Spotlight on Talent – Jessica Barker
Resilience and self-belief are the two key qualities that have helped Jessica Barker change career from care manager to social worker at Walsall Council. Her new role came about after she completed an Access to Social Work course at Walsall College, followed by a BSc in Social Work at Birmingham City University, for which she gained a First.
While the resilience has always been with her, this hasn’t always been the case with the self-belief.
“I’d worked in social care for 10 years, working with adults with learning disabilities,” said Jessica. “I’d never imagined I’d ever get to study a degree, especially as I’d left school without my GCSEs. Receiving my course acceptance letter from the college was a big deal for me.”
It was the praise of a social worker that first put Jessica on her journey to new heights.
“Health workers sometimes join social workers at meetings about their clients,” said Jessica. “I was at one of these meetings when a social worker told me I should give social work a go as I’d be good at it.
“I took the advice, although I was far from convinced I could do it. I remember coming to the college to do my initial assessment for the Access course and thinking ‘what am I doing here?’. I had so much self-doubt.”
Fortunately, Jessica began making use of that resilience. She also appreciated the support of college tutors who she says were with her from the moment she arrived for her assessment.
“Having them there to welcome me and reassure me through the whole process really helped.”
Once she began her studies, Jessica proved she had what it took to achieve her qualifications, combining her Access course studies with Level 2 maths and GCSE English (at Grade A). She was also doing three part-time jobs.
“I relied on lots of coffee,” she said.
Jessica found she benefited from her study route, with her Access course providing what she describes as a ‘good base line’ for understanding the role of a social care professional.
“There are lots of things you cover that give you a head start for when you join an undergraduate course,” Jessica explained. “We covered a range of things at college. My tutors who were amazing would always encourage us to aim high in everything we did. This approach made my first year at university an easy transition to make.”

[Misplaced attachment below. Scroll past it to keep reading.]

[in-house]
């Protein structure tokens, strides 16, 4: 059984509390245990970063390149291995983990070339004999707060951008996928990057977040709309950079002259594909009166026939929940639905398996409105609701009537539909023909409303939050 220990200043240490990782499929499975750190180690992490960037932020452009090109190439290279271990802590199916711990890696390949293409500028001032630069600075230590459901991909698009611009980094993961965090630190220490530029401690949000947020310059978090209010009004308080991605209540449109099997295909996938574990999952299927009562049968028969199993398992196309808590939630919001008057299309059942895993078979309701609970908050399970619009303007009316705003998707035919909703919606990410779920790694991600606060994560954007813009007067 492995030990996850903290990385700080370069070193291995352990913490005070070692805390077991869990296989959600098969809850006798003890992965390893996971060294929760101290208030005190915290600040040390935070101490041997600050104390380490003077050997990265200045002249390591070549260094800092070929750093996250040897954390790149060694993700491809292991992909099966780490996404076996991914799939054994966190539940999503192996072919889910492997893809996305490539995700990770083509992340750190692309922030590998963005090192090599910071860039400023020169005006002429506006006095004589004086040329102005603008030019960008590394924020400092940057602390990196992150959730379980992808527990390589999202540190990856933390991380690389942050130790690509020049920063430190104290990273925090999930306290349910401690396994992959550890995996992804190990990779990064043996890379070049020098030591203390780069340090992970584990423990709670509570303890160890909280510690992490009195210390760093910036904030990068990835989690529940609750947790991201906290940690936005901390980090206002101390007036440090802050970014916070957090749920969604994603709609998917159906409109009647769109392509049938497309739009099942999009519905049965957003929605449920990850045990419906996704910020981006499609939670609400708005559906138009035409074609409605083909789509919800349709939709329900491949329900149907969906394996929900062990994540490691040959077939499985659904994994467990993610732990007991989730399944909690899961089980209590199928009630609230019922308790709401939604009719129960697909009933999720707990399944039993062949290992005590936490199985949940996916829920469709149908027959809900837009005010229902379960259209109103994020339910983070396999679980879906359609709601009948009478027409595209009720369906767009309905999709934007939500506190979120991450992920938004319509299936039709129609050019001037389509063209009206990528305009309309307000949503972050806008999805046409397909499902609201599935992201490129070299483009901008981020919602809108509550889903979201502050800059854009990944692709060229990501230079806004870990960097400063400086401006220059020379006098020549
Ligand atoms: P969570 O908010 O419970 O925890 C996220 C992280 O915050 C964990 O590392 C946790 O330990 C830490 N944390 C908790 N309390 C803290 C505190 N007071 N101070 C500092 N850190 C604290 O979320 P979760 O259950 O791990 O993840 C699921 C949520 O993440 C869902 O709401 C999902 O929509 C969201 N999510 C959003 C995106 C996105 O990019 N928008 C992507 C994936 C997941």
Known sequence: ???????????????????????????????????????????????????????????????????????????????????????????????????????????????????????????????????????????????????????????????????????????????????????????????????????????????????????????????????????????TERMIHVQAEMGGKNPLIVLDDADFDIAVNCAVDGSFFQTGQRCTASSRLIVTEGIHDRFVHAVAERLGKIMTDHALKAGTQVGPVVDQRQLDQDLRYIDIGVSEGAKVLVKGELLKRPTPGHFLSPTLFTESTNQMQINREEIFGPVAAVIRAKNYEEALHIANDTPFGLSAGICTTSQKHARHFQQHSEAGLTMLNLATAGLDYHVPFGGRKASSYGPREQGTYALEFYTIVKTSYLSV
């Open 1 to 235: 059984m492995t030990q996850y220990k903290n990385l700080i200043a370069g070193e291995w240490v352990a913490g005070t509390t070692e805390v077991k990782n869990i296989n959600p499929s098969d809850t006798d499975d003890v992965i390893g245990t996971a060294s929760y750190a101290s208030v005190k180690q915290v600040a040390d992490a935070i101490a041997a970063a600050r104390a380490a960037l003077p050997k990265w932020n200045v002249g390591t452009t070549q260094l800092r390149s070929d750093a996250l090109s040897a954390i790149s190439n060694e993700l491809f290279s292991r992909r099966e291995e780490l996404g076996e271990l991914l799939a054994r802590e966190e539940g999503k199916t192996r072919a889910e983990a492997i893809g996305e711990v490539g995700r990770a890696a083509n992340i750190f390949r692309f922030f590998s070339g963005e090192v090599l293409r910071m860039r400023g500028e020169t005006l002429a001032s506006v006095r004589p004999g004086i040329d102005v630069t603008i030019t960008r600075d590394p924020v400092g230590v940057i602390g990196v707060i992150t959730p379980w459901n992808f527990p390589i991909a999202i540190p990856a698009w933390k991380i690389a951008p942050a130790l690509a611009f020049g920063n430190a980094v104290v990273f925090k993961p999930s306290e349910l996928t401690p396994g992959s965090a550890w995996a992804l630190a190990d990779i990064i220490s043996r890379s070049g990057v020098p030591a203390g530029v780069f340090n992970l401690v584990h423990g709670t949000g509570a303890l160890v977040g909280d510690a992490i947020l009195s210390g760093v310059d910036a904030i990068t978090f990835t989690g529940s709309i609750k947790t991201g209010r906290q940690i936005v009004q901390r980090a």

After graduating from university, Jessica joined Walsall Council through an assessed and supported year in employment (ASYE) programme that gives newly qualified social workers extra support during their first year of employment. Having worked there for two years now, she remains as committed as ever about being a force for change.
“I’ve always been passionate about communities being able to thrive as opposed to accepting the negative labels and stereotypes that come their way,” Jessica continued. “Inspiring and empowering people is important to me. I chose this career to help people realise their potential and find ways to change their life – just as I did.
Jessica continued: “There are ways I can go further in my career or take a different direction, such as going into teaching. That might involve me studying a masters qualification. There’s no way I’d ever have considered this 10 years ago. It’s about being brave enough to discover what’s out there.
“My Access course has opened doors for me personally too. My new job meant that my husband and I could buy a house. I can also treat my daughter to things in a way I couldn’t do before.
Jessica added: “My message to others, especially to young mums is that’s it’s important to always believe in yourself. Your destiny is not pre-determined. If you’ve got the belief and make use of the right support system, then you can achieve anything you set out to.”